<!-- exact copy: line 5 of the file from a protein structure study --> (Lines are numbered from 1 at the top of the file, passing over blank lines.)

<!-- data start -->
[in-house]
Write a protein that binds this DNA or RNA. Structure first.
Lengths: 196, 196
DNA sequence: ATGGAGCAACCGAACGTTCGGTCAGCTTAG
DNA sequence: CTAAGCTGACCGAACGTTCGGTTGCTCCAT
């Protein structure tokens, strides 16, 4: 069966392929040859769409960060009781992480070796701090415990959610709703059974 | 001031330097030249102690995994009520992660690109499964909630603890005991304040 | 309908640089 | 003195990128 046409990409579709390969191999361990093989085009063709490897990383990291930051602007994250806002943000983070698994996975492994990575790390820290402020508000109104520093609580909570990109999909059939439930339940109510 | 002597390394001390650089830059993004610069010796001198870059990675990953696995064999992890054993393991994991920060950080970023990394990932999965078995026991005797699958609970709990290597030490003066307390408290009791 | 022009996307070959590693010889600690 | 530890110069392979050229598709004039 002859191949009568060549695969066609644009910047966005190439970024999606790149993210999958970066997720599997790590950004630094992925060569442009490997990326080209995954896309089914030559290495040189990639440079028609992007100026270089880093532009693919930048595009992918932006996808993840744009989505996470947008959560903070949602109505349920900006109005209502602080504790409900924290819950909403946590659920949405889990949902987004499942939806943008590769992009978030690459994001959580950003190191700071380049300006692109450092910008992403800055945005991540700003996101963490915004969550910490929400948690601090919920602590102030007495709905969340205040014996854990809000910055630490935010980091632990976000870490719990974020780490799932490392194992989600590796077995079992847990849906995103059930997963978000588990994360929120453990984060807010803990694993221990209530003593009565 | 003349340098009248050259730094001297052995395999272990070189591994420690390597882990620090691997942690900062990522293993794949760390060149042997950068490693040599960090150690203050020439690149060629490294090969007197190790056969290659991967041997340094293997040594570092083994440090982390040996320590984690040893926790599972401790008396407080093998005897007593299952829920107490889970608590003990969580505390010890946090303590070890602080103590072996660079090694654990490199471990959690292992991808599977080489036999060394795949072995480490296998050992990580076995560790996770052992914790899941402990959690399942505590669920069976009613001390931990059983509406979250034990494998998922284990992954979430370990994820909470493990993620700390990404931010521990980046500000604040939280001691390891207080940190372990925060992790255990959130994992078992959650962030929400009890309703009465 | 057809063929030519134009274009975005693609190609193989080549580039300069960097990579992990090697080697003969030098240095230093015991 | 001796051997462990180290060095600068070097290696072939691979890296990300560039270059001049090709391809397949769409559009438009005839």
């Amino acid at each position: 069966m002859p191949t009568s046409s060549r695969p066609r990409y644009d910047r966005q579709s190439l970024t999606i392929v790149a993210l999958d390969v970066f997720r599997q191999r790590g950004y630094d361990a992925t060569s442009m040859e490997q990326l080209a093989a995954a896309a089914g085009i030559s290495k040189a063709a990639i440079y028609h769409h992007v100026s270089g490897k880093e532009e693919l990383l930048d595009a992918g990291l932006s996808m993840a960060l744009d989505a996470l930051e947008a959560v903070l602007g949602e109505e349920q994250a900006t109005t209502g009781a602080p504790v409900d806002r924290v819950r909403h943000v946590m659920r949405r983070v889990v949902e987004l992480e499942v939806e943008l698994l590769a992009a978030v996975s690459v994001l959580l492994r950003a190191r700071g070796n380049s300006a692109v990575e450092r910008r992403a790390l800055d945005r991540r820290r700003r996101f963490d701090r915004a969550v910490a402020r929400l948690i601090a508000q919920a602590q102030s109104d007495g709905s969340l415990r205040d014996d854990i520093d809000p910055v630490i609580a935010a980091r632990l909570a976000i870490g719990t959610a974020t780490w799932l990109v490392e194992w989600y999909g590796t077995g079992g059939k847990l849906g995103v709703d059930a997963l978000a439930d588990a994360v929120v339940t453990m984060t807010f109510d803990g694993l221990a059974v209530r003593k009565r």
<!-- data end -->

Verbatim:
DNA sequence: CTAAGCTGACCGAACGTTCGGTTGCTCCAT